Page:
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Map showing publication footprint
  • Usage in publication:
    • Barneston formation
  • Modifications:
    • Original reference
  • Dominant lithology:
    • Limestone
    • Chert
  • AAPG geologic province:
    • Nemaha anticline
    • Chautauqua platform
Publication:

Condra, G.E., and Upp, J.E., 1931, Correlation of the Big Blue series in Nebraska: Nebraska Geological Survey Bulletin, 2nd series, no. 6, 74 p., See also "Modern classifications of the Permian rocks of Kansas and Nebraska," compiled by M.G. Wilmarth, Secretary of Committee on Geologic Names, USGS unpub. corr. chart, Oct. 1936, 1 sheet


Summary:

Pg. 41. Barneston formation of Chase group. Erected to include Florence flint and Fort Riley limestone, which are in contact, except at a few places where a thin shale intervenes. The Florence or lower member is distinguished from the Fort Riley by its abundant chert content. The members are usually mapped together as Fort Riley-Florence. Their average combined thickness from southern Kansas to Nebraska is 50 feet or more. They constitute a strong formation which produces bold round escarpments. Occurs below Doyle formation and above Matfield formation, both of Chase group. Age is Permian (Big Blue).
Type locality: in bluffs west and southwest of Barneston, Gage Co., southeastern NE.

Source: US geologic names lexicon (USGS Bull. 896); GNC KS-NE Permian Corr. Chart, Oct. 1936.


Map showing publication footprint
  • Usage in publication:
    • Barneston limestone
  • Modifications:
    • Revised
Publication:

Moore, R.C., 1936, Pennsylvanian and lower "Permian" rocks of the Kansas-Missouri region: Kansas Geological Society Guidebook for the Annual Field Conference, no. 10, p. 7-73., See also USGS unpub. corr. charts of Pennsylvanian and Permian rocks of KS and NE, compiled by M.G. Wilmarth, Secretary of Committee on Geologic Names, Oct. 1936


Summary:

Pg. 12 (fig. 4), 69 (fig. 45). Barneston limestone of Chase group. Includes Oketo shale member (new). Age is Permian.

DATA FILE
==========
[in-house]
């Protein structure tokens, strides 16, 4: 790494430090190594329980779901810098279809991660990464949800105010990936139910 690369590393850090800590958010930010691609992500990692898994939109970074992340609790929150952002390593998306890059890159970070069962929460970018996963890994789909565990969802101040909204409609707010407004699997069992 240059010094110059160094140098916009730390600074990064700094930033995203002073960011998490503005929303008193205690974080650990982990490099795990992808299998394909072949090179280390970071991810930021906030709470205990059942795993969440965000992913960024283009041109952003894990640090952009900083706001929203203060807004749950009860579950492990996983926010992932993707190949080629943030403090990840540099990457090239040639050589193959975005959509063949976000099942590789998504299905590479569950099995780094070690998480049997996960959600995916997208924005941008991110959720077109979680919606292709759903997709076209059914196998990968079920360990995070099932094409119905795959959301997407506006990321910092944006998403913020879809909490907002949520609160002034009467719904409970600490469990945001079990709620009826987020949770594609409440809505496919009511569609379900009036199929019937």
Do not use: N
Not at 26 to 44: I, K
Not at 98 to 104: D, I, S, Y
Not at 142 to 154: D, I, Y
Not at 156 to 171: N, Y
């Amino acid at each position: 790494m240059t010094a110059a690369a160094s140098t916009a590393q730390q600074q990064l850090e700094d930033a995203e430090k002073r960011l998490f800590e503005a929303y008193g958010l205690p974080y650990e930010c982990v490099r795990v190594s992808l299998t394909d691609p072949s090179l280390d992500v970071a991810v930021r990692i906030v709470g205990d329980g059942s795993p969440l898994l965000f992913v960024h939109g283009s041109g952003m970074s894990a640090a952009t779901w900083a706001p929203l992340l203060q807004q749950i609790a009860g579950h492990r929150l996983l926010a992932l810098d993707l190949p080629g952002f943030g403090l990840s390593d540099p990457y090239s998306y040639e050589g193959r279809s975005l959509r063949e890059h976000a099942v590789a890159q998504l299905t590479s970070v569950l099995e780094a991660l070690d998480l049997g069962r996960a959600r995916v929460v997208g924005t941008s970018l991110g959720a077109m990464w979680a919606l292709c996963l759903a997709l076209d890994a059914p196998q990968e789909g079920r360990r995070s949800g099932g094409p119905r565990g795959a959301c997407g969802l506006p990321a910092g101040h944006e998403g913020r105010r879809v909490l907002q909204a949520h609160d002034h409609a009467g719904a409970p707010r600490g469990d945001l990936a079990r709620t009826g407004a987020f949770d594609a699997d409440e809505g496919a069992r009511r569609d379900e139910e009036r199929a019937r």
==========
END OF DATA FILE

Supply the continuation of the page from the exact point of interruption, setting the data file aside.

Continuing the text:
Source: US geologic names lexicon (USGS Bull. 1200, p. 216); GNC KS-NE Permian Corr. Chart, Oct. 1936.


Map showing publication footprint
  • Usage in publication:
    • Barneston limestone
  • Modifications:
    • Overview
Publication:

Moore, R.C., Frye, J.C., Jewett, J.M., Lee, Wallace, and O'Connor, H.G., 1951, The Kansas rock column: Kansas Geological Survey Bulletin, no. 89, 132 p.


Summary:

Pg. 44-45. Barneston limestone. Includes (ascending) Florence limestone, Oketo shale, and Fort Riley limestone members. Thickness 80 to 90 feet. Underlies Holmesville shale member of Doyle shale; overlies Blue Springs shale member of Matfield shale. Age is Early Permian (Wolfcamp).

Source: US geologic names lexicon (USGS Bull. 1200, p. 216).


Map showing publication footprint
  • Usage in publication:
    • Barneston limestone
  • Modifications:
    • Overview
Publication:

Zeller, D.E. (editor), 1968, The stratigraphic succession in Kansas: Kansas Geological Survey Bulletin, no. 189, 81 p. [Available online from the Kansas Geological Survey: http://www.kgs.ku.edu/Publications/Bulletins/189]


Summary:

(Paleozoic Era; Permian System by H.G. O'Connor, D.E. Zeller, C.K. Bayne, J.M Jewett, and Ada Swineford, p. 48.) Barneston Limestone of Chase Group. In Kansas, comprises two thick limestone members separated by a thin shale member [Florence Limestone Member, Oketo Shale Member, Fort Riley Limestone Member]. Caps much of the western part of the Flint Hills. The upper limestone [Fort Riley] makes an extensive dip slope and crops out as a steep escarpment that extends north to south across eastern Kansas. Thickness about 80 to 90 feet. Occurs above Blue Springs Shale Member of Matfield Shale and below Holmesville Shale Member of Doyle Shale, both of Chase Group. Age is Early Permian; Gearyan Provincial Stage (of H.G. O'Connor, 1963, AAPG Bull., v. 47, p. 1873-1877).

Source: Publication.


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Asterisk (*) indicates usage by the U.S. Geological Survey. Other usages by state geological surveys.

"No current usage" (†) implies that a name has been abandoned or has fallen into disuse. Former usage and, if known, replacement name given in parentheses ( ).

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